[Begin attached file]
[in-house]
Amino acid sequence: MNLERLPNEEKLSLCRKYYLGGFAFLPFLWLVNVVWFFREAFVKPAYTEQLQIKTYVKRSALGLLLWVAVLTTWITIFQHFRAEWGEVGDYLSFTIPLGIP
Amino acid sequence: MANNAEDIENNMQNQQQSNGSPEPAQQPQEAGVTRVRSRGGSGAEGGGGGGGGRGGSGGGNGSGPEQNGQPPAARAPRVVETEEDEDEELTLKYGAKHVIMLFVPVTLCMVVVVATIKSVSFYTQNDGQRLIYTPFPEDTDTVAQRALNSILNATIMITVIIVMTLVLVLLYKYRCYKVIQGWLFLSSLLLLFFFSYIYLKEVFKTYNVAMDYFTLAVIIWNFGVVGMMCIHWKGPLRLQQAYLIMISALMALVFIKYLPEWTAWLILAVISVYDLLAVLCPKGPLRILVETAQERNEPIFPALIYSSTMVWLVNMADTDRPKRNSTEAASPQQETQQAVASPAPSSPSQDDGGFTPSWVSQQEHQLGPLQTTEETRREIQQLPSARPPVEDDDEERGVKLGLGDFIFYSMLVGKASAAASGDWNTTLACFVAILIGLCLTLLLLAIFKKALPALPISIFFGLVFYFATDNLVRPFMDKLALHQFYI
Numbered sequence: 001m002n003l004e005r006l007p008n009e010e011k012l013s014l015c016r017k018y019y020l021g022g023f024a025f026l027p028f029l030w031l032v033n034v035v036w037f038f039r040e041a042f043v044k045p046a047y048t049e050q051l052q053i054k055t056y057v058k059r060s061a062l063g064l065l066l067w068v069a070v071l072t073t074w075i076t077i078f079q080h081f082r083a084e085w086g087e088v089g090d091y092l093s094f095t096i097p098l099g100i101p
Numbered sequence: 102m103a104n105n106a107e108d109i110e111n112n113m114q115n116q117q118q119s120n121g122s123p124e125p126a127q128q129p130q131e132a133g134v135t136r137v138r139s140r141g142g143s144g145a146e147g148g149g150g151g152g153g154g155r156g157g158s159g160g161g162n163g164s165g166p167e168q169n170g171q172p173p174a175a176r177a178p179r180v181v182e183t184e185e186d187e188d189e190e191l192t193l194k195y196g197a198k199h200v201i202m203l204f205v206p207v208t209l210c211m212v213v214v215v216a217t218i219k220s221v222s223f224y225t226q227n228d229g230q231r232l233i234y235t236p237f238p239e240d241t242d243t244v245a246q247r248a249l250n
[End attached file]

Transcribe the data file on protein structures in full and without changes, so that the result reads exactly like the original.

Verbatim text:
[in-house]
Amino acid sequence: MNLERLPNEEKLSLCRKYYLGGFAFLPFLWLVNVVWFFREAFVKPAYTEQLQIKTYVKRSALGLLLWVAVLTTWITIFQHFRAEWGEVGDYLSFTIPLGIP
Amino acid sequence: MANNAEDIENNMQNQQQSNGSPEPAQQPQEAGVTRVRSRGGSGAEGGGGGGGGRGGSGGGNGSGPEQNGQPPAARAPRVVETEEDEDEELTLKYGAKHVIMLFVPVTLCMVVVVATIKSVSFYTQNDGQRLIYTPFPEDTDTVAQRALNSILNATIMITVIIVMTLVLVLLYKYRCYKVIQGWLFLSSLLLLFFFSYIYLKEVFKTYNVAMDYFTLAVIIWNFGVVGMMCIHWKGPLRLQQAYLIMISALMALVFIKYLPEWTAWLILAVISVYDLLAVLCPKGPLRILVETAQERNEPIFPALIYSSTMVWLVNMADTDRPKRNSTEAASPQQETQQAVASPAPSSPSQDDGGFTPSWVSQQEHQLGPLQTTEETRREIQQLPSARPPVEDDDEERGVKLGLGDFIFYSMLVGKASAAASGDWNTTLACFVAILIGLCLTLLLLAIFKKALPALPISIFFGLVFYFATDNLVRPFMDKLALHQFYI
Numbered sequence: 001m002n003l004e005r006l007p008n009e010e011k012l013s014l015c016r017k018y019y020l021g022g023f024a025f026l027p028f029l030w031l032v033n034v035v036w037f038f039r040e041a042f043v044k045p046a047y048t049e050q051l052q053i054k055t056y057v058k059r060s061a062l063g064l065l066l067w068v069a070v071l072t073t074w075i076t077i078f079q080h081f082r083a084e085w086g087e088v089g090d091y092l093s094f095t096i097p098l099g100i101p
Numbered sequence: 102m103a104n105n106a107e108d109i110e111n112n113m114q115n116q117q118q119s120n121g122s123p124e125p126a127q128q129p130q131e132a133g134v135t136r137v138r139s140r141g142g143s144g145a146e147g148g149g150g151g152g153g154g155r156g157g158s159g160g161g162n163g164s165g166p167e168q169n170g171q172p173p174a175a176r177a178p179r180v181v182e183t184e185e186d187e188d189e190e191l192t193l194k195y196g197a198k199h200v201i202m203l204f205v206p207v208t209l210c211m212v213v214v215v216a217t218i219k220s221v222s223f224y225t226q227n228d229g230q231r232l233i234y235t236p237f238p239e240d241t242d243t244v245a246q247r248a249l250n